I’ve been reading a lot of conclusions lately. First, The Venusian Gambit by Michael J. Martinez and now All That Outer Space Allows by Ian Sales. This is the final book in his Apollo Quartet series and unlike the previous entries in the series (“Adrift on the Sea of Rains“, “The Eye with Which the Universe Beholds Itself” and “Then Will The Great Ocean Wash Deep Above“) it is actually a novel-length work, albeit a very short novel. So how does it hold up to its predecessors?
All That Outer Space Allows is more historical fiction than alternate history, thus once again differentiating itself from the rest of the series. It is told from the perspective of Ginny Eckhardt and is set in the 1960s at the start of the Apollo program. Ginny is married to test-pilot turned astronaut Walden who gets selected to join the program. From Ginny’s eyes we get the perspective from what its like not only to be a woman and a wife in the 1960s, but also what space exploration looks like to someone who has gotten closer than most of us ever will, but will still be denied participation because of her gender. This proves exceptionally difficult for Ginny who secretly writes science fiction under the pseudonym “Virginia G. Parker”. Thus we also see from her perspective how difficult and boring real space travel is compared to the cosmic adventures the protagonists of her stories go through.
As mentioned before, All That Outer Space Allows is a novel, but a very short novel. It is a quick read, but that doesn’t diminishes the quality. I found Ian’s literary style to still be enjoyable and the moments he broke the fourth wall to comment on the setting, characters and even his own previous works were both surprising and enjoyable. Plus the contrasts between the real world and science fiction really highlights the real divisions between fandom and those who actively work on getting us off this spinning ball we call home. Thankfully, as geek media continues to permeate popular culture, that barrier is getting narrower.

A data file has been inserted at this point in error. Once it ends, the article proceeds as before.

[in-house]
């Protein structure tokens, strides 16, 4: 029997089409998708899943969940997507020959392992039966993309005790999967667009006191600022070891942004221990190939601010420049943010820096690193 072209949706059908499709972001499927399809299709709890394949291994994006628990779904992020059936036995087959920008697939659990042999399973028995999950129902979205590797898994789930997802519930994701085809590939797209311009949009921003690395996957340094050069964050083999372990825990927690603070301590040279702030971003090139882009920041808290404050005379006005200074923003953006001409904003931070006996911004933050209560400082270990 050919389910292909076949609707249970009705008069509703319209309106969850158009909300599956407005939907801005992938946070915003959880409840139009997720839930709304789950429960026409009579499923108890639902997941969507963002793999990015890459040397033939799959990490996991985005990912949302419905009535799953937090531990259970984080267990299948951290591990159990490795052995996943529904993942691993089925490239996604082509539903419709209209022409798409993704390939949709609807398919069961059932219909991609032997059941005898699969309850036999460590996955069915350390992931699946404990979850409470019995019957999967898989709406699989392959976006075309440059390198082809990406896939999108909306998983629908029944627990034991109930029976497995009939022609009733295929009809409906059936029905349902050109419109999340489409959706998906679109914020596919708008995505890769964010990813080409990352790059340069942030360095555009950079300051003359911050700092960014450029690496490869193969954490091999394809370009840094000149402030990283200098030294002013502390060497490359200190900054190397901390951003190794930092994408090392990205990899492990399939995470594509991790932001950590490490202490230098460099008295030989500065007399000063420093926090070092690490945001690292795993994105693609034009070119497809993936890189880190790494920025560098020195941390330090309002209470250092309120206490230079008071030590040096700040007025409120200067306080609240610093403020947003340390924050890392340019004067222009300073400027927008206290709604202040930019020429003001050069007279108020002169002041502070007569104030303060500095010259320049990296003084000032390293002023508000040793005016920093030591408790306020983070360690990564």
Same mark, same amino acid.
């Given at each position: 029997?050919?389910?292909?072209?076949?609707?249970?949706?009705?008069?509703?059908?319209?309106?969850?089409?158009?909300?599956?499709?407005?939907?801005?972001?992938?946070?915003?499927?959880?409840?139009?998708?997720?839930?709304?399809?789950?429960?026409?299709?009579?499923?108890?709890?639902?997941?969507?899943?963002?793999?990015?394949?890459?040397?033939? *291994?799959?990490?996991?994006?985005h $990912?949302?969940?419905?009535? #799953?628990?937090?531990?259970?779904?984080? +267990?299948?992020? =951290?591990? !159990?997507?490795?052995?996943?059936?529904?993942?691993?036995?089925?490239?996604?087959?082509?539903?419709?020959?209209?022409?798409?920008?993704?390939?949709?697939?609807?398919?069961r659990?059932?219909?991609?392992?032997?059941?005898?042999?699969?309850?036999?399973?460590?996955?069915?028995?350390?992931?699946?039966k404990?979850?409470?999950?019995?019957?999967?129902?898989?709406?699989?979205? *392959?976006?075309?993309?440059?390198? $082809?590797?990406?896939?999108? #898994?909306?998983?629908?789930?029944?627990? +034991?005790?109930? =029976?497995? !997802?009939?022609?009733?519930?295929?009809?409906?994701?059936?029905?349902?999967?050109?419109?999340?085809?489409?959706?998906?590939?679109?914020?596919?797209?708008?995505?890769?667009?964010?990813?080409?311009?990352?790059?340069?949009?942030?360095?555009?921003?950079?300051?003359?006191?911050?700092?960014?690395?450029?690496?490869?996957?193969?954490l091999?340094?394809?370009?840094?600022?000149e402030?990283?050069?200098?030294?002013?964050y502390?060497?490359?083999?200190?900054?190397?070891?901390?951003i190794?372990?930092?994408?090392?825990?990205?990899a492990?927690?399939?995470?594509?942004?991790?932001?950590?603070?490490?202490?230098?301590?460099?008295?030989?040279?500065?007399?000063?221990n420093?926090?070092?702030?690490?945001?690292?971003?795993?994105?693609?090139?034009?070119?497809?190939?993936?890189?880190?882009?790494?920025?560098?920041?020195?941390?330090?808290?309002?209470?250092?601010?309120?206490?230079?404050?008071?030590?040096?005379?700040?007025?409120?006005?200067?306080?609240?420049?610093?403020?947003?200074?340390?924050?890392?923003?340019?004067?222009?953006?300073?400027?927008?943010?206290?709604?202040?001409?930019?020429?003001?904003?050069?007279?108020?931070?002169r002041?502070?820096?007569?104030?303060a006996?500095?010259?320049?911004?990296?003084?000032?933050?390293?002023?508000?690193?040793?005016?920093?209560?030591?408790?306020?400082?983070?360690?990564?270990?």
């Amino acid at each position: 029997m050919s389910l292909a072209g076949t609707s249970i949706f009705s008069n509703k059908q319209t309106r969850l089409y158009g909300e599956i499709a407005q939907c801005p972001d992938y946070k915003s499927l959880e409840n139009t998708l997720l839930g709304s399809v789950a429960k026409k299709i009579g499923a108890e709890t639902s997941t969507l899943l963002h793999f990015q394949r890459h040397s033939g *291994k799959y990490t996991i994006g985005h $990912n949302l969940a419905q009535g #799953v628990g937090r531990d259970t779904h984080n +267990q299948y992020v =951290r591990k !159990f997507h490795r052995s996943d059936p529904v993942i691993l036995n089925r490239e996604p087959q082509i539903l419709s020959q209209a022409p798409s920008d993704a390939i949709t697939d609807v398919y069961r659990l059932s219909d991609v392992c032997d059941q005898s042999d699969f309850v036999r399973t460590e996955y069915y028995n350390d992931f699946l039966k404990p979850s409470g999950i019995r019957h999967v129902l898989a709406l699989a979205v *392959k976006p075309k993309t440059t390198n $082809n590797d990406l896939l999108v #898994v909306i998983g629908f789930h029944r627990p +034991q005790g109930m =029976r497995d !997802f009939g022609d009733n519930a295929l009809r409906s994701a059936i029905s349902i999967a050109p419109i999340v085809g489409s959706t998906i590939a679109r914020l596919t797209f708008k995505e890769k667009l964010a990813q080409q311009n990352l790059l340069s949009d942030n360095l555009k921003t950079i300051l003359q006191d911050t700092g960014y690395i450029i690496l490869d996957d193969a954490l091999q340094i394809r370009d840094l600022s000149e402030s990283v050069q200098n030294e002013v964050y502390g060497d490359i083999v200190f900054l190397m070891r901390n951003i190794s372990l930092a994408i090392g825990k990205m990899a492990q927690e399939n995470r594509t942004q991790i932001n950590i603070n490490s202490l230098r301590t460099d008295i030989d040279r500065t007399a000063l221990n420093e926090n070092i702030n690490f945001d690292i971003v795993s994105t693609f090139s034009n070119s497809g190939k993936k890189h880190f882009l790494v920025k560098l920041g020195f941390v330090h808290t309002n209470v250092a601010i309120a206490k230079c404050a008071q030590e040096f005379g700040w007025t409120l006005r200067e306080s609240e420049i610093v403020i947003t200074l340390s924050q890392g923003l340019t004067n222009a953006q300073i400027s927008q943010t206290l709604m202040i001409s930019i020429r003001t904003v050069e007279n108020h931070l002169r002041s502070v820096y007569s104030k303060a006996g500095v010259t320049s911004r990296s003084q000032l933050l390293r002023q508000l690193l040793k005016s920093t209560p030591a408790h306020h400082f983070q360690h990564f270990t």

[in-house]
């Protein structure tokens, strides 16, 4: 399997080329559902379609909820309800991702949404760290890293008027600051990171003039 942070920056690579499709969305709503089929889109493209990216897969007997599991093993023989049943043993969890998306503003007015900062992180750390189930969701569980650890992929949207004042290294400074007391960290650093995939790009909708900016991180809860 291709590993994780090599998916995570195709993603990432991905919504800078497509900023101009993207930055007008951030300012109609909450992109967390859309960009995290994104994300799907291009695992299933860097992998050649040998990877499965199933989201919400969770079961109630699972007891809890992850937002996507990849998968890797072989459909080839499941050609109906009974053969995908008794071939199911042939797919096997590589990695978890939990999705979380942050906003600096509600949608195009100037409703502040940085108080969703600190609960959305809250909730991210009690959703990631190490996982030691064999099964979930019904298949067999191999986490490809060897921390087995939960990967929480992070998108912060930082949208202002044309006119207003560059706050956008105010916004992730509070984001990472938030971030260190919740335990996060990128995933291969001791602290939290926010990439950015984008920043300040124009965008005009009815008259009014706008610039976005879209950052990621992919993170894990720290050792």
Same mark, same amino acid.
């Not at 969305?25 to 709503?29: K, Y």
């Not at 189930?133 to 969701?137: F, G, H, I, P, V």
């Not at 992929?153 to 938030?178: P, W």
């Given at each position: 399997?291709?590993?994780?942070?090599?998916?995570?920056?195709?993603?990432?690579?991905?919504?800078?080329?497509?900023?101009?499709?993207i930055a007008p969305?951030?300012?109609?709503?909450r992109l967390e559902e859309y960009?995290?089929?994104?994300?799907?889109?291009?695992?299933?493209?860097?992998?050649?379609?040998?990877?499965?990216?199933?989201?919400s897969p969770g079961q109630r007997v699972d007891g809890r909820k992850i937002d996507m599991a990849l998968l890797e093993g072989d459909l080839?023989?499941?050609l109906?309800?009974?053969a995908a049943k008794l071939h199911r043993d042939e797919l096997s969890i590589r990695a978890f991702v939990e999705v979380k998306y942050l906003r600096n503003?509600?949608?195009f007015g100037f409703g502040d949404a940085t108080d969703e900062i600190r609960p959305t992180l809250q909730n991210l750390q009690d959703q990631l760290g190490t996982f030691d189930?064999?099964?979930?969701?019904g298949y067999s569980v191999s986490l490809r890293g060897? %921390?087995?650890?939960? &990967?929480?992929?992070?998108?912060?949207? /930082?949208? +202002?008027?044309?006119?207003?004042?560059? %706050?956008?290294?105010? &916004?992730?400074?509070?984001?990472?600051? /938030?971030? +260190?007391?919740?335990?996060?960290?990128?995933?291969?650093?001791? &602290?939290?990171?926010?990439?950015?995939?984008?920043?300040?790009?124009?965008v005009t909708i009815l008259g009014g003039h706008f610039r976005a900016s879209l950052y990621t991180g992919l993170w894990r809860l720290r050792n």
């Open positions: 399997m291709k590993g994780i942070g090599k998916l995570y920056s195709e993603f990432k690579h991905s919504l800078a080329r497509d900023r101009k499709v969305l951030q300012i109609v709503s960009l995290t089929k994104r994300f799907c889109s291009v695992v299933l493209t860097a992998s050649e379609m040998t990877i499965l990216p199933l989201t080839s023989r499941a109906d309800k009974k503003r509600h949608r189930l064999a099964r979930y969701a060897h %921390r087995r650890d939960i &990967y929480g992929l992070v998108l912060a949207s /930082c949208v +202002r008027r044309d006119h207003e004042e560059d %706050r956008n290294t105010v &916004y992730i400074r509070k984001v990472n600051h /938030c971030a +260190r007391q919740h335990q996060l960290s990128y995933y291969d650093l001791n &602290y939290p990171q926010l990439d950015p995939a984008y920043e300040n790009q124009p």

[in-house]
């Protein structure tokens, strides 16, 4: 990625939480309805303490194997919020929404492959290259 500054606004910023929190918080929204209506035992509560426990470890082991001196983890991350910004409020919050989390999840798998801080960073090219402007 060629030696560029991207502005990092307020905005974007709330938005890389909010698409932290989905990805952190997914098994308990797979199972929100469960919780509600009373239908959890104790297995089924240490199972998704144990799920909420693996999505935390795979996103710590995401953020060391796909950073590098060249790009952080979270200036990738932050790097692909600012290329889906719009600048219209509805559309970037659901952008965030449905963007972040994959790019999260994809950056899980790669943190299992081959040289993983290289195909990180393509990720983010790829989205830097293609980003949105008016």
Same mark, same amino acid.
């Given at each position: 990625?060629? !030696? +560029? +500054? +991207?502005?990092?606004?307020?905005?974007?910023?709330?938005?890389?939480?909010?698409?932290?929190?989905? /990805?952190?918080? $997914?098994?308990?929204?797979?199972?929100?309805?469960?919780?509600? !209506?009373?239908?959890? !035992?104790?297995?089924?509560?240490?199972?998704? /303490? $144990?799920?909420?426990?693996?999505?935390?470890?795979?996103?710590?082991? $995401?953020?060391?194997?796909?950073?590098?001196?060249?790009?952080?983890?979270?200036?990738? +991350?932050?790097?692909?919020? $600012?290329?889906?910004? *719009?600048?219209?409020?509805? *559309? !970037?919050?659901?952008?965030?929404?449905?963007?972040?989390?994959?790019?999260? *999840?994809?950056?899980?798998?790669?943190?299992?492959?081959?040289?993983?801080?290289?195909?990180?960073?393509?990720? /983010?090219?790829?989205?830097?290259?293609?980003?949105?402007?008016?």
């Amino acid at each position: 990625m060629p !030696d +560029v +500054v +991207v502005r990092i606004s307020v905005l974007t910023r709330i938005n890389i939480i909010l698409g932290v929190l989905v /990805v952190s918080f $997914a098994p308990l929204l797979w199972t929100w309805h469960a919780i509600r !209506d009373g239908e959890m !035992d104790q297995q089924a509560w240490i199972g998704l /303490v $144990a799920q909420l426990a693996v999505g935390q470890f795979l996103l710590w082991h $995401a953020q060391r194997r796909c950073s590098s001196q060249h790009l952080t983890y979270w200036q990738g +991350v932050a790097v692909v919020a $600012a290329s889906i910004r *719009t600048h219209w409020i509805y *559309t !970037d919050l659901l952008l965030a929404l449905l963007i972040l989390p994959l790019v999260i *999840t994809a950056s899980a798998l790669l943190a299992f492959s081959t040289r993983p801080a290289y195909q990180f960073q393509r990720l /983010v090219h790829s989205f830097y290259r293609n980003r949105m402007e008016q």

Perhaps the part of the book I liked the best was the slight tweaks Ian made to the history of science fiction. I hesitate to call this a true alternate history because few changes were made to history as we know it, but fandom’s history was changed significantly. In this world science fiction is considered “women’s literature” and thus the vast majority of creators and readers are women (even though male fans in the story reject the notion that women outnumber them). Ian, however, subtly made the argument that perhaps this was the real history after all. Throughout the novel we see Ginny hiding her true interests due to society’s displeasure, numerous references to female authors and we even see arguments about why we may not have seen more women at SF conventions. Considering this book came out during the current Hugo controversy it provides a thoughtful commentary on the debate, even if it never intended to.
Since I received an advanced review copy of All That Outer Space Allows, I can’t comment on the technicals of the book, since the final version you read may be different than the one I posses. Nevertheless, I highly recommend that you pick up a copy of All That Outer Space Allows. It is a compelling read that not only comments on society in general, but on a particular group of people who dream of adventures around distant stars.
(Ed. Note: Jack Clemons regularly writes about working on both the Apollo and Shuttle programs for Amazing Stories.)